Rueschemeyer, Stephens and Stephens (1992) convincingly argue that the organized working class was crucial in the democratic breakthrough at the end of the 19th century. What's missing in their overly structural account is the role of agency. No two individuals contributed more to the political self-organization of Europe's workers than Marx and Engels. Hence, they made a decisive contribution to the democratic breakthrough, one that was not inadvertent but purp osive. They could play such a role because, contrary to the usual portraits of them, they were first and foremost political activists who carried on a ceaseless effort within the workers' movement to realize their political perspective. Through their activities in the International Working Men's Association and the German workers' movement they planted the seeds for independent working-class political action - the key lesson they drew from their participation in the 1848 revolutions and the mass working-class parties that followed in their wake.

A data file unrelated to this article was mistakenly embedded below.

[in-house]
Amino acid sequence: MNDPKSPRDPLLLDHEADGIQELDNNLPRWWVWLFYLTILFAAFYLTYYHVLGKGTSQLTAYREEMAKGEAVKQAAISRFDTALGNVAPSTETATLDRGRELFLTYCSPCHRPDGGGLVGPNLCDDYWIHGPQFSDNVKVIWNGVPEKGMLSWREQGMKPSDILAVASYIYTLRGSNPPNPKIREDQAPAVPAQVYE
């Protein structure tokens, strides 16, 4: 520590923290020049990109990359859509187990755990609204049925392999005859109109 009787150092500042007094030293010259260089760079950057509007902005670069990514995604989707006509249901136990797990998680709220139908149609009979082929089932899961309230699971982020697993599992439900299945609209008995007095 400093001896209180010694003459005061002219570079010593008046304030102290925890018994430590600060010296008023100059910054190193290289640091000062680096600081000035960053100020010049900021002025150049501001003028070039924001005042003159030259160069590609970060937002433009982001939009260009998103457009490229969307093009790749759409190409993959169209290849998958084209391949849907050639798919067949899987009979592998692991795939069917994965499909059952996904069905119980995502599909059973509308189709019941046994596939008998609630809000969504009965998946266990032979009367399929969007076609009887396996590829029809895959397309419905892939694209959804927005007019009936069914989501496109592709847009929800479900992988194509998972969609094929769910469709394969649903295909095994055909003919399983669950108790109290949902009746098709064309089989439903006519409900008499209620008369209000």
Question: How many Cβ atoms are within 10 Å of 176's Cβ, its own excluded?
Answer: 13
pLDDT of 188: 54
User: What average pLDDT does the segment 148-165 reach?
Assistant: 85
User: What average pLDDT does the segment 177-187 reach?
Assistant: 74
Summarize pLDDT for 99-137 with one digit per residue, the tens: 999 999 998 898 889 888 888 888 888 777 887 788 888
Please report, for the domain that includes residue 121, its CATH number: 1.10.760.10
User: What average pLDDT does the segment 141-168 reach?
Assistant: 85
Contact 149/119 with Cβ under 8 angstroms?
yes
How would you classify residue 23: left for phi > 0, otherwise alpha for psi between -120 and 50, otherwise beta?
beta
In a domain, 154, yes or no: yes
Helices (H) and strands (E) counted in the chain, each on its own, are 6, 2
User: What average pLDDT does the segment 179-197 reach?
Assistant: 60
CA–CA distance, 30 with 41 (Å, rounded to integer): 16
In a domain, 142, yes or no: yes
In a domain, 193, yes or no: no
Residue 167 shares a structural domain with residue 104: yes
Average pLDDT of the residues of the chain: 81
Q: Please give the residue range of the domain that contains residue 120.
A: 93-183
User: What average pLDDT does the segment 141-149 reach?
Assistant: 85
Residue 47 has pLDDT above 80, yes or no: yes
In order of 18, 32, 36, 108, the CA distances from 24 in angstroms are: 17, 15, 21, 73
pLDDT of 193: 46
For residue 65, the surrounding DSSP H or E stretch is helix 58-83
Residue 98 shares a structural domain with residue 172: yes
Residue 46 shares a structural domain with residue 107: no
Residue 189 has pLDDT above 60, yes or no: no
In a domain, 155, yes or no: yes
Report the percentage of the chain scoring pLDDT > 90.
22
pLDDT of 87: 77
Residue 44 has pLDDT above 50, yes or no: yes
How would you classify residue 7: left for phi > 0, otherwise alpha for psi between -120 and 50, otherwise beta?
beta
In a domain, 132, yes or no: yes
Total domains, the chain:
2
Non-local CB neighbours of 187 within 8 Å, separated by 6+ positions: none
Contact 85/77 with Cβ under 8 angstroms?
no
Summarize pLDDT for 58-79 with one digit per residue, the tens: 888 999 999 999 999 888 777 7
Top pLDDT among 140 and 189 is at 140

|Original language||English (US)|
|Number of pages||29|
|Journal||Science and Society|
|State||Published - Jun 1 1999|